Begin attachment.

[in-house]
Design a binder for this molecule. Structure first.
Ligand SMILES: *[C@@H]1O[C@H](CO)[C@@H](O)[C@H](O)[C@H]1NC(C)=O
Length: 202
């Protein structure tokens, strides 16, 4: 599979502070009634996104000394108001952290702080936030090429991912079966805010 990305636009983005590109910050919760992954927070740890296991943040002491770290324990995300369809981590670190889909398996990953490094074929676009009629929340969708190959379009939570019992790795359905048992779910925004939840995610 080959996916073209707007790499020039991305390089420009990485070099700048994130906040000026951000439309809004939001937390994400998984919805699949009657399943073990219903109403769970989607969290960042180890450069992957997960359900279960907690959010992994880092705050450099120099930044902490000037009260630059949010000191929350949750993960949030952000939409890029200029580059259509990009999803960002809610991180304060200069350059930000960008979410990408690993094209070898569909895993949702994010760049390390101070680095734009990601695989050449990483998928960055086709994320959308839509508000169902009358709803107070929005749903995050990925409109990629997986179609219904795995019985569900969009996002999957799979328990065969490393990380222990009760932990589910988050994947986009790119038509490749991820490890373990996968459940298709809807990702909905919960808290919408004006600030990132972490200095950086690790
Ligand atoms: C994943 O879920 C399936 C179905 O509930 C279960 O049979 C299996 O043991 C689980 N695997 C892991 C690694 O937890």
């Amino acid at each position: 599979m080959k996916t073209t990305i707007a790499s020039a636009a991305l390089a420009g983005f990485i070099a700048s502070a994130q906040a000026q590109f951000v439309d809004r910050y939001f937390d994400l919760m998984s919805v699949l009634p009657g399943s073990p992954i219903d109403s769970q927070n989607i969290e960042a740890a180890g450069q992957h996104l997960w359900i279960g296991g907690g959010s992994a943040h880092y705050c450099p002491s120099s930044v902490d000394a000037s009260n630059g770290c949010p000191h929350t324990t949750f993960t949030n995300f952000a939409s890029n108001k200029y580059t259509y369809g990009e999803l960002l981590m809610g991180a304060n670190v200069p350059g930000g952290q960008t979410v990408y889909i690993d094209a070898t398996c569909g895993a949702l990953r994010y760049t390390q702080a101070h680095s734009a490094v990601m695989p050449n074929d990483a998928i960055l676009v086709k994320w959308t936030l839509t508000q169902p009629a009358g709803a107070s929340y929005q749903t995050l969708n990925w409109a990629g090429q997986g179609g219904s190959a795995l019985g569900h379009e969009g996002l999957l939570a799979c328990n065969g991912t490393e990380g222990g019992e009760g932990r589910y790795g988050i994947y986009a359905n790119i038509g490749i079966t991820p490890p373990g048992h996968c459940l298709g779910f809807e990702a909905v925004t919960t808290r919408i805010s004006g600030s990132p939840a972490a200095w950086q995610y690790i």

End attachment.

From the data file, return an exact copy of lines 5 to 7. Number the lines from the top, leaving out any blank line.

């Protein structure tokens, strides 16, 4: 599979502070009634996104000394108001952290702080936030090429991912079966805010 990305636009983005590109910050919760992954927070740890296991943040002491770290324990995300369809981590670190889909398996990953490094074929676009009629929340969708190959379009939570019992790795359905048992779910925004939840995610 080959996916073209707007790499020039991305390089420009990485070099700048994130906040000026951000439309809004939001937390994400998984919805699949009657399943073990219903109403769970989607969290960042180890450069992957997960359900279960907690959010992994880092705050450099120099930044902490000037009260630059949010000191929350949750993960949030952000939409890029200029580059259509990009999803960002809610991180304060200069350059930000960008979410990408690993094209070898569909895993949702994010760049390390101070680095734009990601695989050449990483998928960055086709994320959308839509508000169902009358709803107070929005749903995050990925409109990629997986179609219904795995019985569900969009996002999957799979328990065969490393990380222990009760932990589910988050994947986009790119038509490749991820490890373990996968459940298709809807990702909905919960808290919408004006600030990132972490200095950086690790
Ligand atoms: C994943 O879920 C399936 C179905 O509930 C279960 O049979 C299996 O043991 C689980 N695997 C892991 C690694 O937890």
């Amino acid at each position: 599979m080959k996916t073209t990305i707007a790499s020039a636009a991305l390089a420009g983005f990485i070099a700048s502070a994130q906040a000026q590109f951000v439309d809004r910050y939001f937390d994400l919760m998984s919805v699949l009634p009657g399943s073990p992954i219903d109403s769970q927070n989607i969290e960042a740890a180890g450069q992957h996104l997960w359900i279960g296991g907690g959010s992994a943040h880092y705050c450099p002491s120099s930044v902490d000394a000037s009260n630059g770290c949010p000191h929350t324990t949750f993960t949030n995300f952000a939409s890029n108001k200029y580059t259509y369809g990009e999803l960002l981590m809610g991180a304060n670190v200069p350059g930000g952290q960008t979410v990408y889909i690993d094209a070898t398996c569909g895993a949702l990953r994010y760049t390390q702080a101070h680095s734009a490094v990601m695989p050449n074929d990483a998928i960055l676009v086709k994320w959308t936030l839509t508000q169902p009629a009358g709803a107070s929340y929005q749903t995050l969708n990925w409109a990629g090429q997986g179609g219904s190959a795995l019985g569900h379009e969009g996002l999957l939570a799979c328990n065969g991912t490393e990380g222990g019992e009760g932990r589910y790795g988050i994947y986009a359905n790119i038509g490749i079966t991820p490890p373990g048992h996968c459940l298709g779910f809807e990702a909905v925004t919960t808290r919408i805010s004006g600030s990132p939840a972490a200095w950086q995610y690790i």